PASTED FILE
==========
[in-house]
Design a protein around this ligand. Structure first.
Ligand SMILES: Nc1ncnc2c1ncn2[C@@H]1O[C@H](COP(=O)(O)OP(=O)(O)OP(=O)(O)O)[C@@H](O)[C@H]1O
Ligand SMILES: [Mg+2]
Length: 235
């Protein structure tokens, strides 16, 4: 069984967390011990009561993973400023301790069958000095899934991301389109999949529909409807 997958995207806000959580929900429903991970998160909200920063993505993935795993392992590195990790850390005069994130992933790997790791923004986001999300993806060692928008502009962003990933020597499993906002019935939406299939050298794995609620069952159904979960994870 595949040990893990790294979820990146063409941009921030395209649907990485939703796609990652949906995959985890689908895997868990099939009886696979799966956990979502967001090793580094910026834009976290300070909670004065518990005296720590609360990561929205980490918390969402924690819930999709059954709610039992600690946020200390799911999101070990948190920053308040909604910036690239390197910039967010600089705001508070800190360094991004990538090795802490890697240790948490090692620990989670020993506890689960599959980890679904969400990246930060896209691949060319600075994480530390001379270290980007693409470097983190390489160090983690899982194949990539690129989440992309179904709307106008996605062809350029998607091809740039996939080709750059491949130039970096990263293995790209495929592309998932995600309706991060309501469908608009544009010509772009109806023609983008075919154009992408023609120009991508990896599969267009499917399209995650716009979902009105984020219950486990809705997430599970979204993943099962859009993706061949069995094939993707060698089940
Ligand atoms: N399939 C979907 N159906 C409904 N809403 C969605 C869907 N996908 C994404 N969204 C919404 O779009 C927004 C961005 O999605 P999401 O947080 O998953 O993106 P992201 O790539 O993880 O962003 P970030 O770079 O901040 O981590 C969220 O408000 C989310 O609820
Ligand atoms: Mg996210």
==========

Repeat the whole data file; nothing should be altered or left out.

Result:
[in-house]
Design a protein around this ligand. Structure first.
Ligand SMILES: Nc1ncnc2c1ncn2[C@@H]1O[C@H](COP(=O)(O)OP(=O)(O)OP(=O)(O)O)[C@@H](O)[C@H]1O
Ligand SMILES: [Mg+2]
Length: 235
């Protein structure tokens, strides 16, 4: 069984967390011990009561993973400023301790069958000095899934991301389109999949529909409807 997958995207806000959580929900429903991970998160909200920063993505993935795993392992590195990790850390005069994130992933790997790791923004986001999300993806060692928008502009962003990933020597499993906002019935939406299939050298794995609620069952159904979960994870 595949040990893990790294979820990146063409941009921030395209649907990485939703796609990652949906995959985890689908895997868990099939009886696979799966956990979502967001090793580094910026834009976290300070909670004065518990005296720590609360990561929205980490918390969402924690819930999709059954709610039992600690946020200390799911999101070990948190920053308040909604910036690239390197910039967010600089705001508070800190360094991004990538090795802490890697240790948490090692620990989670020993506890689960599959980890679904969400990246930060896209691949060319600075994480530390001379270290980007693409470097983190390489160090983690899982194949990539690129989440992309179904709307106008996605062809350029998607091809740039996939080709750059491949130039970096990263293995790209495929592309998932995600309706991060309501469908608009544009010509772009109806023609983008075919154009992408023609120009991508990896599969267009499917399209995650716009979902009105984020219950486990809705997430599970979204993943099962859009993706061949069995094939993707060698089940
Ligand atoms: N399939 C979907 N159906 C409904 N809403 C969605 C869907 N996908 C994404 N969204 C919404 O779009 C927004 C961005 O999605 P999401 O947080 O998953 O993106 P992201 O790539 O993880 O962003 P970030 O770079 O901040 O981590 C969220 O408000 C989310 O609820
Ligand atoms: Mg996210």